Razzano, Kathalene. "Deadbeat Dads and Daytime Television: “Worthless” Men in a Neoliberal Logic of Failure" Paper presented at the annual meeting of the American Studies Association Annual Meeting, Hilton Washington, Washington, DC, <Not Available>. 2014-12-10 <http://citation.allacademic.com/meta/p657008_index.html>

APA Citation:

Razzano, K. "Deadbeat Dads and Daytime Television: “Worthless” Men in a Neoliberal Logic of Failure" Paper presented at the annual meeting of the American Studies Association Annual Meeting, Hilton Washington, Washington, DC <Not Available>. 2014-12-10 from http://citation.allacademic.com/meta/p657008_index.html

Publication Type: Internal Paper
Abstract: In 1998, President Clinton signed the Deadbeat Parents Punishment Act into law. This law made it a federal criminal offense for a parent to “willfully fail” to pay child support for a child in another state. The Clinton Administration released a “The White House at Work” memo in response to the signing of the DPPA that quotes President Clinton as saying, “This bill today is a gift to our children and the future. The quiet crisis of unpaid child support is something that our country and our families shouldn’t tolerate. Our first responsibility, all of us, is to our children.”

This paper posits that President Clinton’s discursive construction of a “quiet crisis of unpaid child support” is highly problematic but also emblematic of a neoliberal rationality that frames a father’s first responsibility to his children as financial. This same move refigures the struggles of single-parents (most often mothers) and their children as satisfied through child support collections. I suggest that we can see this rationality play out through the “spectacle of indebtedness” by looking at representations Deadbeat Dads on daytime talk shows and court shows such as Maury and Divorce Court. There is a visual culture that often mirrors the policy rhetoric of the Deadbeat Dad. These programs rely on a cultural logic of paternity, at once reaffirming issues of (female) dependency and (male) responsibility. Men who are unable or unwilling to meet that responsibility are constructed as failures (failed fathers, failed partners, failed men).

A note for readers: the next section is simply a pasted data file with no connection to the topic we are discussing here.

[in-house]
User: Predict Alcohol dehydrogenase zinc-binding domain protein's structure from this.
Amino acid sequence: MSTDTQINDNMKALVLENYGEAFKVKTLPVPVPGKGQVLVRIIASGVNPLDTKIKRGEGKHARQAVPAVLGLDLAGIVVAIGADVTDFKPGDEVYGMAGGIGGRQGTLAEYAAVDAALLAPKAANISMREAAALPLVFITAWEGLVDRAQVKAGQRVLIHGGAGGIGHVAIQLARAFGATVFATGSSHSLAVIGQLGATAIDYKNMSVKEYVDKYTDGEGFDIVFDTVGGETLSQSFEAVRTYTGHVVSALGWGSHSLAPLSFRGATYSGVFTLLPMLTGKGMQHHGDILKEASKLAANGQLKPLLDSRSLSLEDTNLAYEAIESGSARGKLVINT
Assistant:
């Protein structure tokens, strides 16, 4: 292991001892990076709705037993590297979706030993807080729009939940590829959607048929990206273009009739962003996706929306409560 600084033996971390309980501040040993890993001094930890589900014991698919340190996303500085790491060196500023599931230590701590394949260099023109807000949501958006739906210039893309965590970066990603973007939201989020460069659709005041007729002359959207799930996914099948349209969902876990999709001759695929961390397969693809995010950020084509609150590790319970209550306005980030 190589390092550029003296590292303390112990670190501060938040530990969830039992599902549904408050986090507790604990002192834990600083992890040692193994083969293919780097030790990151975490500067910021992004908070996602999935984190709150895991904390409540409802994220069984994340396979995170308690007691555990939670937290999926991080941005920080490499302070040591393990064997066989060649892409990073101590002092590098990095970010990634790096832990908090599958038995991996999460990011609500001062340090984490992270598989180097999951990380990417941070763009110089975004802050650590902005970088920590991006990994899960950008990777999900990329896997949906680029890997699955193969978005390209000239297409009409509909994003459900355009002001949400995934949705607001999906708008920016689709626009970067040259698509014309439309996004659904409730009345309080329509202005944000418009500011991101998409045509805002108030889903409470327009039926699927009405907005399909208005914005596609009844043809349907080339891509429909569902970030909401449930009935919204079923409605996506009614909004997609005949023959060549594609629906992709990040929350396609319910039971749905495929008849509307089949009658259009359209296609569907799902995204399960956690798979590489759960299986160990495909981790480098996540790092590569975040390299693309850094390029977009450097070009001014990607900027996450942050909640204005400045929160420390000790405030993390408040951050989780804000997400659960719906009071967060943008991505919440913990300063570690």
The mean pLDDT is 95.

This paper goes on to argue that the Deadbeat Dad is actually a valuable and necessary subject under neoliberalism, indeed he is a construction of neoliberal welfare policies, which are then reinforced through daytime television’s spectacle of indebtedness. His failure validates the men who play by the rules, who pay for their children so that they are not reliant on the state. And so these men represent constitutive failures. In doing so, they also obscure other ways we might imagine how we meet our responsibilities to “our children and the future.” They must be marked as loathsome and as failures in order to hide the failure of this logic and its focus on the biological father to meet the needs of children. Instead Deadbeat Dads serve as a slight-of-hand to distract attention from neoliberal economic policies, which are often the very force undermining families in the first place. We can instead blame fathers and mothers for their failure as individuals to live up to the image of the ideal family. This in turn puts pressure on the family, as an individual unit, to meet and maintain all the needs of its members so that “we” (the taxpayer) don’t have to pay for “your” child.